In the last few days, there have been several news articles in the popular media suggesting that the LHC did not discover the Higgs boson and that what they saw might be something else. This is unlikely to be true, but it has lead to several people asking me for my opinions on the issue. And so for those who have been asking, here is a very brief summary of these claims.

The simplest model of the Higgs boson involves a single particle, relatively heavy compared to other fundamental particles, that behaves as if it is not spinning, and that interacts with other particles proportional to their mass. After more than forty years of searching a particle with these properties was produced and detected at the Large Hadron Collider in Switzerland. I don't think that anyone has any serious doubts that this particle is the Higgs boson.

However nature does not always choose the simplest solution. In the decades that theorists got to play with the Higgs model without experimental data getting in the way, we developed dozens of variations on the Higgs model. For example, there are reasons in supersymmetric theories (which are still only speculative, with no experimental evidence but many theoretical motivations) to expect that there will be at least two Higgs bosons, maybe four. The particle that the LHC detected might be one of two or one of four Higgs bosons, in which case they can expect to find a few more.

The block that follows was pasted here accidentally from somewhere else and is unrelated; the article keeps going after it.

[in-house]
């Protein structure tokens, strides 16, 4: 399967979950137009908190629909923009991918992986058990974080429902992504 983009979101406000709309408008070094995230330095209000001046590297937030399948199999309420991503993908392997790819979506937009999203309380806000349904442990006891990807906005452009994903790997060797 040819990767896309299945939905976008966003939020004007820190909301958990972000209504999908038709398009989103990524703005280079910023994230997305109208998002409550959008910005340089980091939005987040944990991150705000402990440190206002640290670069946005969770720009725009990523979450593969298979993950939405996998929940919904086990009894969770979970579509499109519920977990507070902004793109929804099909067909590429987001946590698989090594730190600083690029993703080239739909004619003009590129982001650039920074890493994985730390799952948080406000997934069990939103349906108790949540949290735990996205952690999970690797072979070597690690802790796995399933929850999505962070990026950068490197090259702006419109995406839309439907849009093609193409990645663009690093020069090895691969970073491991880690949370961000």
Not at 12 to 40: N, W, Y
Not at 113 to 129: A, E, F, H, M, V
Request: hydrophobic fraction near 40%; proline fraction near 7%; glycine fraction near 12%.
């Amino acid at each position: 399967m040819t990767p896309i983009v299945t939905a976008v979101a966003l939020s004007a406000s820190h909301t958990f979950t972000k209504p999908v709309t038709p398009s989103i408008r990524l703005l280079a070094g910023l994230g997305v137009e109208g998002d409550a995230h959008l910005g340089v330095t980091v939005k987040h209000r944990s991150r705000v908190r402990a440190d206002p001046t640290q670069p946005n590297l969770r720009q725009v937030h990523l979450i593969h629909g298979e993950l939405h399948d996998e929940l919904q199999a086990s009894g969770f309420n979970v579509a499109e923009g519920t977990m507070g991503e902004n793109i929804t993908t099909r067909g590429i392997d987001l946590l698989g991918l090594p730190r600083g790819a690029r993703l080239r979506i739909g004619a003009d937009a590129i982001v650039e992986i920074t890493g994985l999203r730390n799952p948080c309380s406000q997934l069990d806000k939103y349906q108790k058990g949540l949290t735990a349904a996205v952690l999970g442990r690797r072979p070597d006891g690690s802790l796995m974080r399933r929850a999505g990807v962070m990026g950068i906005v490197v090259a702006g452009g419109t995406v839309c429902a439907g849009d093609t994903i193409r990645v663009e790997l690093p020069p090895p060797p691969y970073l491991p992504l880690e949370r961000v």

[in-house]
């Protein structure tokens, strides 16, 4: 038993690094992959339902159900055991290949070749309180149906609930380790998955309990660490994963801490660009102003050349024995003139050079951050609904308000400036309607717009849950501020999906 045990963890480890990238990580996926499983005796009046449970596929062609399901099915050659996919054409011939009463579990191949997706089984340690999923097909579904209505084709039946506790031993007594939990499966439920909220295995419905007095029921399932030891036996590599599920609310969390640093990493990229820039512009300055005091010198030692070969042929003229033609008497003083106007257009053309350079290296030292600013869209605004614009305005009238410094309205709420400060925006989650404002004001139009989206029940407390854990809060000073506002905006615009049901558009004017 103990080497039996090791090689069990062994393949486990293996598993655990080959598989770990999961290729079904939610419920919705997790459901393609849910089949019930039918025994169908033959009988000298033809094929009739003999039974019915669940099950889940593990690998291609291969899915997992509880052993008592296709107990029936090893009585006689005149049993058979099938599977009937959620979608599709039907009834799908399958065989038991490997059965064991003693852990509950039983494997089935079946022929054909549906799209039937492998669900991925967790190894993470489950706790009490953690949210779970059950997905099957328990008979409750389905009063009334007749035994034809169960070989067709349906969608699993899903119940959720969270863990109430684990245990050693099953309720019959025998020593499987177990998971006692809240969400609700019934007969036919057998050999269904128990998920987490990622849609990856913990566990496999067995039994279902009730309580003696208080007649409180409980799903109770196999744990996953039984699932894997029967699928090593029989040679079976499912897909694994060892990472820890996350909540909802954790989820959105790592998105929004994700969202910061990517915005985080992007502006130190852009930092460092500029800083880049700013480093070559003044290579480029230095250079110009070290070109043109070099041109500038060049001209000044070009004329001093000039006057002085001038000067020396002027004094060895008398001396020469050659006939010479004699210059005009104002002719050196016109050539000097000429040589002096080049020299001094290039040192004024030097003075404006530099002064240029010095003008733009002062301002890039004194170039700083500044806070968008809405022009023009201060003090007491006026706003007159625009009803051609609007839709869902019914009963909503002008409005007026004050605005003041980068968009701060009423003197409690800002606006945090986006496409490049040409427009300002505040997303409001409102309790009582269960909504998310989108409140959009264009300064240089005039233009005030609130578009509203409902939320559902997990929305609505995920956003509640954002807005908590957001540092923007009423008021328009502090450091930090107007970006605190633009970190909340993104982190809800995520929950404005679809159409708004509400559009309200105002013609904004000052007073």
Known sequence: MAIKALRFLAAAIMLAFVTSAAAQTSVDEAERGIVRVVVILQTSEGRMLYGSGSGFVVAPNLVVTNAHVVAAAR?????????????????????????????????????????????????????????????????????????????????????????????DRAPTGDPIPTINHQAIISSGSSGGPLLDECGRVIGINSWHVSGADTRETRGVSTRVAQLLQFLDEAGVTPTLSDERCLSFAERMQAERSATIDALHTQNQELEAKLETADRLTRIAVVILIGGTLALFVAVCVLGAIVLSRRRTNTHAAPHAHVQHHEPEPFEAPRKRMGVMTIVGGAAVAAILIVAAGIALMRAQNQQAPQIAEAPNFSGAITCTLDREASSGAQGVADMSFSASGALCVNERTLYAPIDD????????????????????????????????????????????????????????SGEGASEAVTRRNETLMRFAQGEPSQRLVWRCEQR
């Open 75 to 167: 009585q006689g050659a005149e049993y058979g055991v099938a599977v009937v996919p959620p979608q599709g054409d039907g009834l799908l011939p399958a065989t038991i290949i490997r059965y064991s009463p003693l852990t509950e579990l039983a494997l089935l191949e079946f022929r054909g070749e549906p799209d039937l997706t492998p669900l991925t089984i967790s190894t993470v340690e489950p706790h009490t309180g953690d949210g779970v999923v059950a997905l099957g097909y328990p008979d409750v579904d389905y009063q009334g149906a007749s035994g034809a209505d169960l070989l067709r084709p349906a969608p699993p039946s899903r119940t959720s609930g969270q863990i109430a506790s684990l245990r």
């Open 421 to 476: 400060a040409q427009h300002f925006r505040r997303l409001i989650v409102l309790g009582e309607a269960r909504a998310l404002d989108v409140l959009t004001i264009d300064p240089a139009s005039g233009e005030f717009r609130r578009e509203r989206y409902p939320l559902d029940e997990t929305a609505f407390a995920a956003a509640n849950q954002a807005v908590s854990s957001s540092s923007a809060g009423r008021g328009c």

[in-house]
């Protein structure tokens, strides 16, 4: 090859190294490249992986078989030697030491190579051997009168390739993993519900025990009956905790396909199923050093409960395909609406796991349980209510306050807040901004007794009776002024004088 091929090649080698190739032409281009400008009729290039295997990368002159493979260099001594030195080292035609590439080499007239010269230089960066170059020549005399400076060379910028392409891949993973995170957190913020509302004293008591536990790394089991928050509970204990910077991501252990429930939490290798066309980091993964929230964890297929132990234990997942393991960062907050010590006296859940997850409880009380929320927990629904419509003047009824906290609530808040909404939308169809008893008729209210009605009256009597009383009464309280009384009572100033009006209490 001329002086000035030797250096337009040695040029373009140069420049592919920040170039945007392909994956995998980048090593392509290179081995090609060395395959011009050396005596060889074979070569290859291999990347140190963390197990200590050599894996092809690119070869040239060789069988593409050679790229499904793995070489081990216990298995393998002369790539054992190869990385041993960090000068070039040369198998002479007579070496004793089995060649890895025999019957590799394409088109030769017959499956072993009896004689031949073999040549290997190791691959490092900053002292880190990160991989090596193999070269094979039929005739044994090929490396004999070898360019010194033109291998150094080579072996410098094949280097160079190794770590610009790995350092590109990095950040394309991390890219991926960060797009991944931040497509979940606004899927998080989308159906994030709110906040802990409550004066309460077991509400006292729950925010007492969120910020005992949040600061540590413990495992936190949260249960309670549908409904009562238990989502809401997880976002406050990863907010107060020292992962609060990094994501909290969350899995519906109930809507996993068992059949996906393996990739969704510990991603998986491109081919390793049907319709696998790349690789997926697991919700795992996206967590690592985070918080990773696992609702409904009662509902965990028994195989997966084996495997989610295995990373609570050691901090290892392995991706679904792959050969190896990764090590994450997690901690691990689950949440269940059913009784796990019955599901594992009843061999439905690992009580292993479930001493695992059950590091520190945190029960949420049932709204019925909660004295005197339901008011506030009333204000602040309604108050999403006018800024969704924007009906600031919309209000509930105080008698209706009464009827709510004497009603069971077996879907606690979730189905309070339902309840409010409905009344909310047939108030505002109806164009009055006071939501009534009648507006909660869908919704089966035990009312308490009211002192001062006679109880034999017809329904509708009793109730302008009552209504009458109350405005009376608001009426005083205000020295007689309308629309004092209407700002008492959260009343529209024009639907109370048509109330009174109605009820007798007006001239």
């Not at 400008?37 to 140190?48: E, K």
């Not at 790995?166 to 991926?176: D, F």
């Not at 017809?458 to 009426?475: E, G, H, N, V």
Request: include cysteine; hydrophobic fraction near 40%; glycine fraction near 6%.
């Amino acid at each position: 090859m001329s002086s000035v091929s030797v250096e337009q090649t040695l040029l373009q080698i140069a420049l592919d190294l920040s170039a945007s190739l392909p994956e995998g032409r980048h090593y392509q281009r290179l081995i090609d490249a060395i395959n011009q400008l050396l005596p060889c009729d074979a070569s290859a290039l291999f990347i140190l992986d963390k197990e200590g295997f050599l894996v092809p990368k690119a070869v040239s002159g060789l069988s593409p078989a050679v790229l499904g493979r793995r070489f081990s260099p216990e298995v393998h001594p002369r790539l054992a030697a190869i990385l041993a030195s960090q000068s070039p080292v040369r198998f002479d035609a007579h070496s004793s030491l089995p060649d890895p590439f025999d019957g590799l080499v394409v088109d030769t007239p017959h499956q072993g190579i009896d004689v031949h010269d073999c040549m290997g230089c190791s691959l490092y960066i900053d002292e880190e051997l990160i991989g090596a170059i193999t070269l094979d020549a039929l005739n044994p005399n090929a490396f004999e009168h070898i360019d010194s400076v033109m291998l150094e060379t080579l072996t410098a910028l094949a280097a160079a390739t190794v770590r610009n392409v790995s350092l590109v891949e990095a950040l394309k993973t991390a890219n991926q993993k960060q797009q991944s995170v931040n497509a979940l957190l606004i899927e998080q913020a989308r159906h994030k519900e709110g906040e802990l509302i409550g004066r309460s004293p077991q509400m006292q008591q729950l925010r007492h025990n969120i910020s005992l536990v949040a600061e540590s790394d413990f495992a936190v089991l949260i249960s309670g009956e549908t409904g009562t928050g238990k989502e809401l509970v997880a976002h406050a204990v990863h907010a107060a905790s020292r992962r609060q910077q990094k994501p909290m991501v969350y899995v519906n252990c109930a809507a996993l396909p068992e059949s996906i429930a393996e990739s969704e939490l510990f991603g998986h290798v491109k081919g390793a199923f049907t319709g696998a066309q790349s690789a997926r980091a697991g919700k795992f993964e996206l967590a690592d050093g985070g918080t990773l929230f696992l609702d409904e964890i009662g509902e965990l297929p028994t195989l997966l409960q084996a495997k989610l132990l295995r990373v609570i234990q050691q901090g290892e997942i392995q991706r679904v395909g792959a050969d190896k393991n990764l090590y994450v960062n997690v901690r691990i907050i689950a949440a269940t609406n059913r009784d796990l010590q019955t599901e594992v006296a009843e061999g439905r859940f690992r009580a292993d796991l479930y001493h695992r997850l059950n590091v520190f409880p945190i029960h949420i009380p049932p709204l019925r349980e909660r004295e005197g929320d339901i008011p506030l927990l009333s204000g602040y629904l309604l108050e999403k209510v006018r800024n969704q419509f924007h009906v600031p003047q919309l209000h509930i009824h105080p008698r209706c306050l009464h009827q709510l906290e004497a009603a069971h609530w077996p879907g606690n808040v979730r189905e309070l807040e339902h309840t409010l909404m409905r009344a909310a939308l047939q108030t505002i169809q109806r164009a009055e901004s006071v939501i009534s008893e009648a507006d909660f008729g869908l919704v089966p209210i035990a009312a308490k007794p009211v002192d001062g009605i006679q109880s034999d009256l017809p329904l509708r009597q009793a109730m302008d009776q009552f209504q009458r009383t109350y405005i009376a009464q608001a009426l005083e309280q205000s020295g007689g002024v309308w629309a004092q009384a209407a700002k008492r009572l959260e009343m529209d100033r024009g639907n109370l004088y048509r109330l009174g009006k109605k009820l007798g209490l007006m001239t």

Another theory that was developed as an alternative to the Higgs mechanism was technicolour theory. Unfortunately this is too complicated to review in this article (I might write a review of it in future if the demand exists), but I will simply say that there are ways to introduce a new force into the Standard Model of particle physics which provides mass to matter in a different manner than the Higgs boson does. The LHC discovery would appear to remove the need for technicolour theory, but recently it was shown that some of the particles that are used in technicolour could form a bound state that has similar properties to the Higgs boson. If that is true, then what the LHC saw was not a fundamental particle, but rather a system similar to a traditional atom but composed of unknown particles, and which behaves as if it was a Higgs boson. 

Both of these alternative to the minimal Higgs model are possible, and can be made to fit with the data. Whether that somewhat remote possibility is worth a headline in major newspapers is a matter for journalism students to debate. Occam's Razor would dictate that they are unnecessary baggage to the Higgs model. 

In any case, this spring the LHC is going to start a new run of data collection and one of the focuses will be to further study the properties of the original particle that they discovered. Maybe in a year or two one of the alternative models will be shown to be correct. Maybe it will remain a minimal Higgs boson. Only time will tell.